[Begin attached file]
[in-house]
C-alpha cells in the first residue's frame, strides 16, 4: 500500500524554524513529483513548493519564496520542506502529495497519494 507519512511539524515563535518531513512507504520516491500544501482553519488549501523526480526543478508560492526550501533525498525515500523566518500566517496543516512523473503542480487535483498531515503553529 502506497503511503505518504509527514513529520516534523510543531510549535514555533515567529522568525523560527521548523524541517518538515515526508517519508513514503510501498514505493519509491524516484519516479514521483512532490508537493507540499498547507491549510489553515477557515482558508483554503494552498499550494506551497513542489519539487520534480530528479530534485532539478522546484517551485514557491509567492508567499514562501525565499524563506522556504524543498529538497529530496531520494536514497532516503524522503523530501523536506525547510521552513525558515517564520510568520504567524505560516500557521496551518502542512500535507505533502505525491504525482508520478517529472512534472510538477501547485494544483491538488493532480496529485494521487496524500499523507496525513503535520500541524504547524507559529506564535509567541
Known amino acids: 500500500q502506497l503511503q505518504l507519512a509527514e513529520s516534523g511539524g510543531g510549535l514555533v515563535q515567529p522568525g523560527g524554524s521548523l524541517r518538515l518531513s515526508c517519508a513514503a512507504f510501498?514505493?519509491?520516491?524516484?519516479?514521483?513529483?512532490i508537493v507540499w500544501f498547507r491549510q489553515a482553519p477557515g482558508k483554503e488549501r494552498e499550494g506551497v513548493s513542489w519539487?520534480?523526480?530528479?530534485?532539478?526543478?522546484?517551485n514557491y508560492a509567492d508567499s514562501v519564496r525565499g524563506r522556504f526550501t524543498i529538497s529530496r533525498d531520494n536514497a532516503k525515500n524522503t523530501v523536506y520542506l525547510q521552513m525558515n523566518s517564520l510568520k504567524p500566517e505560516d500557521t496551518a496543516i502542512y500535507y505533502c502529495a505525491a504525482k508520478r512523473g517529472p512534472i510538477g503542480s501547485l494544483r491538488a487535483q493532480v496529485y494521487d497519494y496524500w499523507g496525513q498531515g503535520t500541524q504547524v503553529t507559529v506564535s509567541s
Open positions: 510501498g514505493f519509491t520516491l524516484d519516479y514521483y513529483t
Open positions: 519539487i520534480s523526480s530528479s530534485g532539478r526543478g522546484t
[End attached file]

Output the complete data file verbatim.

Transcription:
[in-house]
C-alpha cells in the first residue's frame, strides 16, 4: 500500500524554524513529483513548493519564496520542506502529495497519494 507519512511539524515563535518531513512507504520516491500544501482553519488549501523526480526543478508560492526550501533525498525515500523566518500566517496543516512523473503542480487535483498531515503553529 502506497503511503505518504509527514513529520516534523510543531510549535514555533515567529522568525523560527521548523524541517518538515515526508517519508513514503510501498514505493519509491524516484519516479514521483512532490508537493507540499498547507491549510489553515477557515482558508483554503494552498499550494506551497513542489519539487520534480530528479530534485532539478522546484517551485514557491509567492508567499514562501525565499524563506522556504524543498529538497529530496531520494536514497532516503524522503523530501523536506525547510521552513525558515517564520510568520504567524505560516500557521496551518502542512500535507505533502505525491504525482508520478517529472512534472510538477501547485494544483491538488493532480496529485494521487496524500499523507496525513503535520500541524504547524507559529506564535509567541
Known amino acids: 500500500q502506497l503511503q505518504l507519512a509527514e513529520s516534523g511539524g510543531g510549535l514555533v515563535q515567529p522568525g523560527g524554524s521548523l524541517r518538515l518531513s515526508c517519508a513514503a512507504f510501498?514505493?519509491?520516491?524516484?519516479?514521483?513529483?512532490i508537493v507540499w500544501f498547507r491549510q489553515a482553519p477557515g482558508k483554503e488549501r494552498e499550494g506551497v513548493s513542489w519539487?520534480?523526480?530528479?530534485?532539478?526543478?522546484?517551485n514557491y508560492a509567492d508567499s514562501v519564496r525565499g524563506r522556504f526550501t524543498i529538497s529530496r533525498d531520494n536514497a532516503k525515500n524522503t523530501v523536506y520542506l525547510q521552513m525558515n523566518s517564520l510568520k504567524p500566517e505560516d500557521t496551518a496543516i502542512y500535507y505533502c502529495a505525491a504525482k508520478r512523473g517529472p512534472i510538477g503542480s501547485l494544483r491538488a487535483q493532480v496529485y494521487d497519494y496524500w499523507g496525513q498531515g503535520t500541524q504547524v503553529t507559529v506564535s509567541s
Open positions: 510501498g514505493f519509491t520516491l524516484d519516479y514521483y513529483t
Open positions: 519539487i520534480s523526480s530528479s530534485g532539478r526543478g522546484t